Which leads me to another point–as someone whose sister was recently ordained a priest in the Community of Christ (former Reorganized Church of Jesus Christ of Latter-Day Saints, or RLDS), I did chuckle when the elder ordained her as a “Moronic Priest” at the ceremony. From what I understand, RLDS changed their name because they didn’t want to be associated with the Mormons, although they still use The Book of Mormon in their worship services. As my mother and I joke, she drank the cult kool-aid…and my own experience with LDS (through using the Family History Library at one of the stakes in the Houston area) was definitely a pleasant one, unlike what we have experienced when visiting her church.

  2. I like this! I don’t care for the way that Mormons have been treated or looked down upon by other faith group and non-faith groups. Another prime example of lack of understanding. I admire you guys dedication and kindness of your trying to spread good news. Mormons are one of my favorite groups of Christians in the US. I also admire aspects of the Jehovah Witness. Their dedication and humbleness. had a great experience at a salvation army church. unsure of the domination, but very diverse membership. Enjoyed it as did my family. Have some real nice friends here in town as well as online 😉 that are Mormon. Would not want to change anything about them. So keep up the good work or works.

  3. As far as the Mormons, in other words representatives of The Church of Jesus Christ of Latter-day Saints are concerned, they can also be seen in Finland from time to time. They are usually young American men who are dressed neatly, behave well, and visit homes. Furthermore, when visiting, the most important subjects of conversation to them are normally the Book of Mormon and the life of prophet Joseph Smith. They usually bring these views forth as the first and most important when talking to people. These issues cannot be overlooked when discussing the issues that Mormons consider as the most important.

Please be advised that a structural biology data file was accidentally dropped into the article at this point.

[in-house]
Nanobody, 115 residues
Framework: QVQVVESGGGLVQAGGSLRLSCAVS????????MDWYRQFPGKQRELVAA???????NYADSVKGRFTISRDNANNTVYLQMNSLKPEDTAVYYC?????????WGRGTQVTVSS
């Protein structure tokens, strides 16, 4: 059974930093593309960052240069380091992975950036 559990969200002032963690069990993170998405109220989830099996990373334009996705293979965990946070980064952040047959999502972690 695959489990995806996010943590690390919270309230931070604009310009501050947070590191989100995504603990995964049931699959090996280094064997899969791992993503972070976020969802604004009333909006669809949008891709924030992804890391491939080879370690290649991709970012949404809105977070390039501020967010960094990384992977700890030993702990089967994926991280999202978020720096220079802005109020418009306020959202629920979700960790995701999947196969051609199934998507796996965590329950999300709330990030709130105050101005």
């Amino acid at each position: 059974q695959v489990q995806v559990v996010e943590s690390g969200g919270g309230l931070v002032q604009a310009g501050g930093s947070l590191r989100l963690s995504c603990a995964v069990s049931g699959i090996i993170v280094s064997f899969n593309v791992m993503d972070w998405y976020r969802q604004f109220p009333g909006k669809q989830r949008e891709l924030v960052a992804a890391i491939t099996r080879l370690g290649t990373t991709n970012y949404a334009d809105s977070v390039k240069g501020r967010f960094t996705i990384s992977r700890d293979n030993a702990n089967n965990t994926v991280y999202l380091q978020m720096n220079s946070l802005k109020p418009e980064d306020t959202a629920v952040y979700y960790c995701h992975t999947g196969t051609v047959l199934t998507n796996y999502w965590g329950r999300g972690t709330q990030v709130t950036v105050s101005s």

But what should we think about the teachings of the Mormons and do they generally deviate from the common Christian doctrine? Are the teachings in line with the doctrine of the Bible in any way or are they completely different? We are going to make an effort to try to study and clarify the following issues below, for example. If you are a Mormon, it is worth your while to study these issues in detail.

    • It is true that The Book of Mormon and Joseph Smith are a very important part of the discussion when speaking of Mormon doctrine. As Mormons, we know that The Bible is a witness that Jesus Christ is the Son of God and our Savior and Redeemer. We believe that The Book of Mormon is additional witness of His divinity. It is also what separates us from other Christian denominations. With this being true, when our missionaries teach investigators, especially those who already have an understanding of Jesus Christ, it only makes sense that they would teach about what separates us from other Christian churches. There are differences between other Christian denominations as well, but somehow it is only the differences in Mormon doctrine to which they give much attention. I find it interesting that these other faiths accept Jesus Christ as their Savior, yet would choose to look down upon another faith for doing the same even if they felt there were differences in the doctrine. When I go to the Mormon church, I learn of the doctrine of The Church of Jesus Christ of Latter-Day Saints. We do not study the doctrine of the Catholics, Methodists, Protestants, et al. If I wanted to learn the doctrine of one of these faiths, I am confident that the best place to do so would be from one of their representatives. Likewise, I feel that our doctrine speaks for itself and can be best represented by its members who have studied and lived it in their lives.